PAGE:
Thestandard deviationis a well known, widely used, and statistically well-founded measure of error. For a set of n measurements Qiwhose mean value is <Q>, the standard deviation of the mean is found from:

(Equation 2)

Standard deviation of the mean =

æ

ç

ç

ç

ç

ç

ç

ç

è

n

S

i=1

(Qi- <Qi>)2

n(n-1)

ö1/2

÷

÷

÷

÷

÷

÷

÷

ø

The sum is from i = 1 to n.

This form of the equation is not very convenient for calculations. By expanding the summand it may be recast into a form which lends itself to efficient computation with an electronic calculator:

(Equation 3)

Standard deviation of the mean =

æ

ç

ç

ç

ç

ç

ç

ç

è

n

S

i=1

Qi2-n<Q>2

n(n-1)

ö1/2

÷

÷

÷

÷

÷

÷

÷

ø

[Note that the n<Q>2is a separate term in the numerator, it isnotsummed over.]

The calculation of the standard deviation requires two summations, one a sum of the data values (to obtain <Q>), and one a sum of the squares of the data values. Many electronic calculators allow these two sums to be obtained with only one entry of each data value. This is a good feature to have in a scientific calculator. When n is large, the quantity n(n-1) becomes approximately n2, further simplifying the work.

The use of the standard deviation is hardly justified unless the experimenter has taken a large number of repeated measurements ofeachexperimentally determined quantity. This is seldom the case in the freshman laboratory.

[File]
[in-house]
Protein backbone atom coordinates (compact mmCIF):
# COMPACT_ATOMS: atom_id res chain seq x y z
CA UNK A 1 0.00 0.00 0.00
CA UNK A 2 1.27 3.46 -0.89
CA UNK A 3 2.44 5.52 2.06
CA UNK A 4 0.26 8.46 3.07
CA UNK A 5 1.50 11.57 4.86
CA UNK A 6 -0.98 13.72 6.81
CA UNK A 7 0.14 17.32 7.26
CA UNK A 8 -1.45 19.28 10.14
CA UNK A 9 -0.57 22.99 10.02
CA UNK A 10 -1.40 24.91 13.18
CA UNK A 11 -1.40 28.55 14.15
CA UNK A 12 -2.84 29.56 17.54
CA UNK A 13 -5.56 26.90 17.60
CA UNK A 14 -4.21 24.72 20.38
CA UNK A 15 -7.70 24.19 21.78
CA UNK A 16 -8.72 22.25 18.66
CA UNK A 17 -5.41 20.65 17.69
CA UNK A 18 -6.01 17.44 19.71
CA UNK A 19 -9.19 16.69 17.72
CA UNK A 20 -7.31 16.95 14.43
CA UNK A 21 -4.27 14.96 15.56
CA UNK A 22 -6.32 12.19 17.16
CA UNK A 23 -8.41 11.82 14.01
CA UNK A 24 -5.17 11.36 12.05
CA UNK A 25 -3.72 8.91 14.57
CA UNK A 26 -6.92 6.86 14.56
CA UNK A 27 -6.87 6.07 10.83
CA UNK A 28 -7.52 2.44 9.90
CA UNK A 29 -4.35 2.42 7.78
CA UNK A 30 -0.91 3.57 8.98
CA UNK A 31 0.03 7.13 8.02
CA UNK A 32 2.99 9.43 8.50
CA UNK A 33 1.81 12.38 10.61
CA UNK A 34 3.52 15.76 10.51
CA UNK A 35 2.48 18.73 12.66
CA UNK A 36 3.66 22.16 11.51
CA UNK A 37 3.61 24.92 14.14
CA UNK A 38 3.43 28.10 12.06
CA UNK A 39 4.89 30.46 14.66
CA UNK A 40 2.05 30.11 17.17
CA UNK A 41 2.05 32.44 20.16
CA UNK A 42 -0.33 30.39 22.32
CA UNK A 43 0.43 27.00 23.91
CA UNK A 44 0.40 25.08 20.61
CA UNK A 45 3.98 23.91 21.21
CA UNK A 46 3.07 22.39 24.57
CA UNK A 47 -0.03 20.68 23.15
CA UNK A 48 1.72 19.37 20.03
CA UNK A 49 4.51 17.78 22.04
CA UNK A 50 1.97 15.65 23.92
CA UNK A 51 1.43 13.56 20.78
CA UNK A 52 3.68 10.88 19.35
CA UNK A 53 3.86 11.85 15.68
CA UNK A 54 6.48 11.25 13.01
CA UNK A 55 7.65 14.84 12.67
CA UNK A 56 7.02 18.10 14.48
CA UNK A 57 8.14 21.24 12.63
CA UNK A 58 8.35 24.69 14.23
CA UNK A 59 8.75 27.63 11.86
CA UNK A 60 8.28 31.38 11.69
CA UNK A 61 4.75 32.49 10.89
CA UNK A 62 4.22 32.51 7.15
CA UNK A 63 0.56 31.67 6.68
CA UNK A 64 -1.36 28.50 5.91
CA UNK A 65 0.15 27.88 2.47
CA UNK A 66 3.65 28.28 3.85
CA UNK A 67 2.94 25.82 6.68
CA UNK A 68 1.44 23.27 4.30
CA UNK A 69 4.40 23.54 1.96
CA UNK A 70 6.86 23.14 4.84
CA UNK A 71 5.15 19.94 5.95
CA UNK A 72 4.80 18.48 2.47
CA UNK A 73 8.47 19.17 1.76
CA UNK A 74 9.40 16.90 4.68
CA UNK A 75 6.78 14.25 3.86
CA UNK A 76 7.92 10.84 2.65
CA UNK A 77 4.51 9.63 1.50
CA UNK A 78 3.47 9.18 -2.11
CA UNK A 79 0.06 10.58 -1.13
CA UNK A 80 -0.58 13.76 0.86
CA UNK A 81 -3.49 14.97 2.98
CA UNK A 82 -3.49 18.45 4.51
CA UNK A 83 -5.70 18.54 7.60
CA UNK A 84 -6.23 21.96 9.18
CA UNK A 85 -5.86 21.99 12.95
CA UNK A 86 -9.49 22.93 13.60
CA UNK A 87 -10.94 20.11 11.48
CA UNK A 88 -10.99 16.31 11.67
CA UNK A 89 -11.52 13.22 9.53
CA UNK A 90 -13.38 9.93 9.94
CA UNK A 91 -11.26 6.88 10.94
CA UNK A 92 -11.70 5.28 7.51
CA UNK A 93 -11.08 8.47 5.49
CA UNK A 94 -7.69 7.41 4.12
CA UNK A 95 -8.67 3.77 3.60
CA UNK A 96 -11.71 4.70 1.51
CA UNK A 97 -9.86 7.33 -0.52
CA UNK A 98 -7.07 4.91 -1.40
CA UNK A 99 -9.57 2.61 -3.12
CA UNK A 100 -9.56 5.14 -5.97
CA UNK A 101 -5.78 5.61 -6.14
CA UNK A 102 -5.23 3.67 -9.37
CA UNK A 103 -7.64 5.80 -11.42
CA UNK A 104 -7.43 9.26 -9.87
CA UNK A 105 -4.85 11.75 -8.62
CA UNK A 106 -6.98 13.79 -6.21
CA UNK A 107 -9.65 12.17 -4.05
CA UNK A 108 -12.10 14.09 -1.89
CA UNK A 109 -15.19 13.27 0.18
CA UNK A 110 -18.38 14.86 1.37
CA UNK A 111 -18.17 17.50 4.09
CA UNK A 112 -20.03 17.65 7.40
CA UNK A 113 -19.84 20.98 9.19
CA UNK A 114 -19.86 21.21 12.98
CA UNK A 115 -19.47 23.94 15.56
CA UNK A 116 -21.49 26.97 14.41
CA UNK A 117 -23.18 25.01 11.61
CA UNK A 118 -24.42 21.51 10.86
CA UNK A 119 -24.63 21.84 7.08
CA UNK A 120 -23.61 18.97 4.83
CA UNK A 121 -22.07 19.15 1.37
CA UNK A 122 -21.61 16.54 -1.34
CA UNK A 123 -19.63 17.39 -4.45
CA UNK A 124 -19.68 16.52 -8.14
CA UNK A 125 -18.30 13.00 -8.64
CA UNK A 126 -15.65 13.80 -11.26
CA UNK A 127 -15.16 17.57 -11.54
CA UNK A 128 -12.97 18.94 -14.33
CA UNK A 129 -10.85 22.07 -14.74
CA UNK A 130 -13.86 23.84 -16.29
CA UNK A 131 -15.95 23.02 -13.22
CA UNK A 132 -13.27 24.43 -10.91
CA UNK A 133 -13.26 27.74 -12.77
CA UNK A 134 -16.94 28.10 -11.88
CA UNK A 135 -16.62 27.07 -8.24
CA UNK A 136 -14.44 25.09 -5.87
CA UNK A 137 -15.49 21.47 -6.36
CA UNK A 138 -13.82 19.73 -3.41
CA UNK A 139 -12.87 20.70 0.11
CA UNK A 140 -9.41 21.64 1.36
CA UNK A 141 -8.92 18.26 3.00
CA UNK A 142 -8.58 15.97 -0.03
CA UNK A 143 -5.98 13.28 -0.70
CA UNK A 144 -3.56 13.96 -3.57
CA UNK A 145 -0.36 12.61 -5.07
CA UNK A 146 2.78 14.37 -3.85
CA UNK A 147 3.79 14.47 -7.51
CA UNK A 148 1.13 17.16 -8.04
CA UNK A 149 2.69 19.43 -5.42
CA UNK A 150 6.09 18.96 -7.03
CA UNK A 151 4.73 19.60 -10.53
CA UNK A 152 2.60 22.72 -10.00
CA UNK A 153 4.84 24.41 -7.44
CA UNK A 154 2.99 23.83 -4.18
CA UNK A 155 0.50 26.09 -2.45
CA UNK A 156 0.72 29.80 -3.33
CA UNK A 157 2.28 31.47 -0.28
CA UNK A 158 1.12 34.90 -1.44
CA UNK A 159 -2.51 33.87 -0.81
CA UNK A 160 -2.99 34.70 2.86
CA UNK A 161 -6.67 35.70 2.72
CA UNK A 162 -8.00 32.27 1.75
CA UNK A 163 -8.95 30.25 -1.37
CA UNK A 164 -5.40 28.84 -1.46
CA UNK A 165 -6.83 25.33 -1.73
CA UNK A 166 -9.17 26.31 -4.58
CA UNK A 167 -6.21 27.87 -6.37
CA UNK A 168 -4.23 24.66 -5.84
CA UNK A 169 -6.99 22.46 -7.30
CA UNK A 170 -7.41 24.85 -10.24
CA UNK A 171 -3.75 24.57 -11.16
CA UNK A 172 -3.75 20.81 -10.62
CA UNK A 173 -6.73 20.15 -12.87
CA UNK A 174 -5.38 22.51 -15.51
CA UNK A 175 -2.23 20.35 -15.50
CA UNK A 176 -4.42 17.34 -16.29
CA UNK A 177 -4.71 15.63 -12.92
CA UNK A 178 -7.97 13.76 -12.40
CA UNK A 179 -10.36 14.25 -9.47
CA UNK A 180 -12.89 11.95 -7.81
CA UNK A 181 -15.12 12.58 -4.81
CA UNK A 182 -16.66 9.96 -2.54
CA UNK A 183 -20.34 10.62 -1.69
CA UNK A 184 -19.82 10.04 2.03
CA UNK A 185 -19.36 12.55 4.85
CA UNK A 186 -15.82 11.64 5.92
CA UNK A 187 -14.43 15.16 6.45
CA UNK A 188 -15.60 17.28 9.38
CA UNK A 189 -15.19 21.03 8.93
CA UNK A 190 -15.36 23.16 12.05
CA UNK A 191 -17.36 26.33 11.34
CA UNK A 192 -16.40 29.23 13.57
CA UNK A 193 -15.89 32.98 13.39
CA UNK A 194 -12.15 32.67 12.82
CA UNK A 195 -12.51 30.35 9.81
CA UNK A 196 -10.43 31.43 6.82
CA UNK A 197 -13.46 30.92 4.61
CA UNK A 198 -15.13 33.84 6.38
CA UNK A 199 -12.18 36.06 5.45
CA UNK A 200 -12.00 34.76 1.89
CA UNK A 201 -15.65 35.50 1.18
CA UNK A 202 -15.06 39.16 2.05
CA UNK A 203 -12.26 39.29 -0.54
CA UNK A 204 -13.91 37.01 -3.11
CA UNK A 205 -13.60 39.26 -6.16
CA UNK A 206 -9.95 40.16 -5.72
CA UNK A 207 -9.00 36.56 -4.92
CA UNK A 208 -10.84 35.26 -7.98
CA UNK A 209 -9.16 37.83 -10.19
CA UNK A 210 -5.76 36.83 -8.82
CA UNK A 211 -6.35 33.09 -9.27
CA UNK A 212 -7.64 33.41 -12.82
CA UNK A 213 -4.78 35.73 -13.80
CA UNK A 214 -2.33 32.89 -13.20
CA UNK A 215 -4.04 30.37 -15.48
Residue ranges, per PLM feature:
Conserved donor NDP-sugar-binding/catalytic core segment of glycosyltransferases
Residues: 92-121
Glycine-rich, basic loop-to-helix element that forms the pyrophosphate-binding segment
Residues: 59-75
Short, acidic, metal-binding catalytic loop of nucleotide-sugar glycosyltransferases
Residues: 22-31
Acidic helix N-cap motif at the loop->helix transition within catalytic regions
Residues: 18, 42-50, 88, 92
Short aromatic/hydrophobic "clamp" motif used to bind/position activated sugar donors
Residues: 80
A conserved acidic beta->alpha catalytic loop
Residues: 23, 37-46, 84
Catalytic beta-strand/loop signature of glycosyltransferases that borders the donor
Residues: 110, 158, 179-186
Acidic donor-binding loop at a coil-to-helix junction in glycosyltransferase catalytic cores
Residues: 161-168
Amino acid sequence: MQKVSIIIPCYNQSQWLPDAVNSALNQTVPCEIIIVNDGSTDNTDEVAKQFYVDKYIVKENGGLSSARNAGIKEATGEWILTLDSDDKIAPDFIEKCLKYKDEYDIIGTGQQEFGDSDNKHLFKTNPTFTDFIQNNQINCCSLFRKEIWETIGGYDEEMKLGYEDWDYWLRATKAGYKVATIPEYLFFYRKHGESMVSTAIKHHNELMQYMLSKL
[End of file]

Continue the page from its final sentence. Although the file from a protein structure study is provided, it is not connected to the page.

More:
It can be shown that when the measurements are distributed according the "normal" ("Gaussian")[11] distribution, average deviations and standard deviations are related by a simple formula:[12]

(Equation 4)

[average deviation] = 0.80 [standard deviation]

This is a useful "rule of thumb" when it is necessary to compare the two measures of error or convert from one to the other.

F. STANDARD METHODS FOR EXPRESSING ERROR

1. Absolute Error.

Uncertainties may be expressed asabsolutemeasures, giving the size of the a quantity's uncertainty in the same units in the quantity itself.

Example.A piece of metal is weighed a number of times, and the average value obtained is: M = 34.6 gm. By analysis of the scatter of the measurements, the uncertainty is determined to be m = 0.07 gm. Thisabsoluteuncertainty may be included with the measurement in this manner: M = 34.6 ± 0.07 gm.

The value 0.07 after the ± sign in this example is the estimated absolute error in the value 3.86.

2. Relative (or Fractional) Error.